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Fight the power. Destroy authoritarianism. A group of freedom fighters enlist royal blood to undermine an establishment while searching for a truth of sorts. In this Flashback/OG Prince of Persia-esque comic, Liberated is a cyberpunk story of control and dominance through the rage of the machines. Liberated has four comics to read through in order to grasp the whole story. In a world filled with drones, diplomats and others to bring down the resistance. Or maybe to work against the coming wind through enforcement. Question is: who is wrong or right?
Liberated holds a bit more of a comic book endeavour. The noir colour scheme does keep to its message without any obscure ideas to subtract from its premise. The story is panel-by-panel sung. Comic book sound effects are illustrated in letters. We’ve seen this before through Max Payne and Comix Zone, but Liberated stays to its confines. Panels will change if the character goes out of the screen. The story is told through four books, each with a different member leading the charge.
Between dialogue points, players can be treated to QTE events, and a 2-3D platformer between scenes. Your character is equipped with a 9mm to put the hurt on enemies, while the cover provides a bit more stealth. Subdue a guard after going through a corner. Shoot down drones. Possibly hack your way through the security. Some puzzles are platform-specific, something nearly as brutal as Vagrant Story’s tests of courage and cargo. Sometimes, a puzzle would render me useless here. The QTE was unexpected, yet it can change the game if not done correctly. If something happens to the protagonist, the story skips a few beats into another. There are no do-overs, which is definitely a plus.
Liberated has a few issues in its rise to freedom. Some animations are a bit dated during the action scenes for something this modern. Characters, that you can control, seem to move the same and sound the same regardless of who it is. I did feel a bit of slowdown, also, and some animation cuts during the important parts like finding where things are. Some mechanics are cookie-cutter, but at this stage of the game, 2D stealth, as a side-scroller, can deem more frustrating than it allows. Enemies are generic guards with standard gun projectiles. This guy has a gun, yet it’s another handgun the majority of the time. There is no enemy variance or complication minus the drones that attack with lasers. No stacking, either. More consequences and branch out points would have been appreciated seeing that the narrative has the potential to stick to its tracks uninterrupted. Puzzle-wise, it could use a bit more handholding when it comes to abilities. I experienced a few technical issues involving panels with a dash of collision detection gone horribly wrong.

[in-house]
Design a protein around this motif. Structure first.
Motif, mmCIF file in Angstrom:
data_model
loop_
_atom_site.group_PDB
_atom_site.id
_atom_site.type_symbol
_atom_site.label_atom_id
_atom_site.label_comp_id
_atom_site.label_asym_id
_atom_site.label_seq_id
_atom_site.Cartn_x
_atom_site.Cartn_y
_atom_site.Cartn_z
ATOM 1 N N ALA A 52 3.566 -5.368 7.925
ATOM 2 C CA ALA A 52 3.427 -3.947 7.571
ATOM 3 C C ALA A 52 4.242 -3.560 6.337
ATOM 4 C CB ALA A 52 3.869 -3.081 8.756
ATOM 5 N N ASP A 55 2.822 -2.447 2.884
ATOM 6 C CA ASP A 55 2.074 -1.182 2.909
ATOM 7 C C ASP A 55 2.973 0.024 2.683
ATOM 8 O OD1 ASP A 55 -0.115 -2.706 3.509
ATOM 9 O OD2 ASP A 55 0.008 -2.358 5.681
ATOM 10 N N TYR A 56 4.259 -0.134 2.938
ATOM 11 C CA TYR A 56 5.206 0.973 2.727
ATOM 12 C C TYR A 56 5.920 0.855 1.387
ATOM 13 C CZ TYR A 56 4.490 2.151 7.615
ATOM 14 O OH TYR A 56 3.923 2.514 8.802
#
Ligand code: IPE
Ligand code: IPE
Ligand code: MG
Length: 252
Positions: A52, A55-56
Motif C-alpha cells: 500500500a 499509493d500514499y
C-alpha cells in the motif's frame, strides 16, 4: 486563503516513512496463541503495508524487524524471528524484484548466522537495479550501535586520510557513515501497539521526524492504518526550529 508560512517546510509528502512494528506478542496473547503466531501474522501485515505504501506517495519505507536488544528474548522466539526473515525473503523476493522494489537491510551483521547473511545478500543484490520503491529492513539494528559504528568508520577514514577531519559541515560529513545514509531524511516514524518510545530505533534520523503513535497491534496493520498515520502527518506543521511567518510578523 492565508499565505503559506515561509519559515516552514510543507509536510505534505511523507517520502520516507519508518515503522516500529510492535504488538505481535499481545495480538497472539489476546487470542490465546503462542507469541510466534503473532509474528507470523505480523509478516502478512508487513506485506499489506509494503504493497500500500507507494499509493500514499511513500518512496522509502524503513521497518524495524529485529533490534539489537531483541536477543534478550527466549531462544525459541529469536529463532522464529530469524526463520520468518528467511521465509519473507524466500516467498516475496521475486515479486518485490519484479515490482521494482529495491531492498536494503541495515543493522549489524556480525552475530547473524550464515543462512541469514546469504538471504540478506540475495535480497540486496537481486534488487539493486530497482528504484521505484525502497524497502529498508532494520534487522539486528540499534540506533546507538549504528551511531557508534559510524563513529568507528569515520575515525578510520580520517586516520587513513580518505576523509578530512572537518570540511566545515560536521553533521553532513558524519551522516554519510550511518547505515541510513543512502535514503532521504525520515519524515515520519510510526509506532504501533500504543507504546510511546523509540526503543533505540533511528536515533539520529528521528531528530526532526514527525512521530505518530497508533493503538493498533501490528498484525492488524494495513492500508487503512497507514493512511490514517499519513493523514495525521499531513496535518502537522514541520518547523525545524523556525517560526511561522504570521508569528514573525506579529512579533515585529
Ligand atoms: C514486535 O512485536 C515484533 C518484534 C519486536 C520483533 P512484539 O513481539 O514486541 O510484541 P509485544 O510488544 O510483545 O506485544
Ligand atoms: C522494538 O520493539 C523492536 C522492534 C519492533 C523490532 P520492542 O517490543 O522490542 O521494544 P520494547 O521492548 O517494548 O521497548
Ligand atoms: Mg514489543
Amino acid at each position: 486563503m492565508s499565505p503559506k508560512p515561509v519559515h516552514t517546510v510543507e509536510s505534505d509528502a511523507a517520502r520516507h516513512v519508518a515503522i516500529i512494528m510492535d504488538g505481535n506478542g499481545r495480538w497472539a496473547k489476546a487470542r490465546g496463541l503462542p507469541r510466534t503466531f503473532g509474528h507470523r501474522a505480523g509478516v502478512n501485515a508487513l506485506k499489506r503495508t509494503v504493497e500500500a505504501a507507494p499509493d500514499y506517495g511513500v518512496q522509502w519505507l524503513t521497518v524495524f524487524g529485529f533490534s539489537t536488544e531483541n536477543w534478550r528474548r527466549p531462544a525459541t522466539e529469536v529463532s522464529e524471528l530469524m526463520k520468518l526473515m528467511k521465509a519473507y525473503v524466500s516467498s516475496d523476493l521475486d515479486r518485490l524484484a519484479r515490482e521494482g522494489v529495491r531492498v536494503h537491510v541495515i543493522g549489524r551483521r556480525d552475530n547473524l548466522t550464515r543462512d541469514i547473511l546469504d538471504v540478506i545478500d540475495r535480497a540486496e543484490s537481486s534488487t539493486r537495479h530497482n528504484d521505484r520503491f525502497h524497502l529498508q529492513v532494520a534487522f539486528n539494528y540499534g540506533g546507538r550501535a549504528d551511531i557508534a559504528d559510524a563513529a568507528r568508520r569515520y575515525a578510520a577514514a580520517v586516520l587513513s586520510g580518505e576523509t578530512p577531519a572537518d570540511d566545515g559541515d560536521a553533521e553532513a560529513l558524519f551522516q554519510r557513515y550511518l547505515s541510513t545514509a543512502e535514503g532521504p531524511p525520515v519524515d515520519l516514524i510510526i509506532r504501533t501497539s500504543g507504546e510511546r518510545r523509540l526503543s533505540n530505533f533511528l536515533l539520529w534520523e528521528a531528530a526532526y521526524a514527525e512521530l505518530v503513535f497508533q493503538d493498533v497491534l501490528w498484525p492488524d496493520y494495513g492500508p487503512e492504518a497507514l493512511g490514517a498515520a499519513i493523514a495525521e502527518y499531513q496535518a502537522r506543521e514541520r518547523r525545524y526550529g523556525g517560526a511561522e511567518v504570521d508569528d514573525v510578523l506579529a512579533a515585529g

Liberated feels a bit nostalgic in a way with its choices to draw a narrative. While does have some good moves, Liberated seems to try a few strategies to keep it fresh, yet through sheer effort, the story pulls through over its gameplay fire. It’s good to see a game attempt a multi-sided story in this sort of presentation. Liberated is clearly in its own league, one page at a time.
TBG Score: 7/10
Platform: PC, Xbox, PlayStation, Nintendo
Release Date: 02/06/2020
No. of Players: 1
Category: Adventure, Action
Developer: Atomic Wolf
Publisher: Walkabout Games
Download link: eShop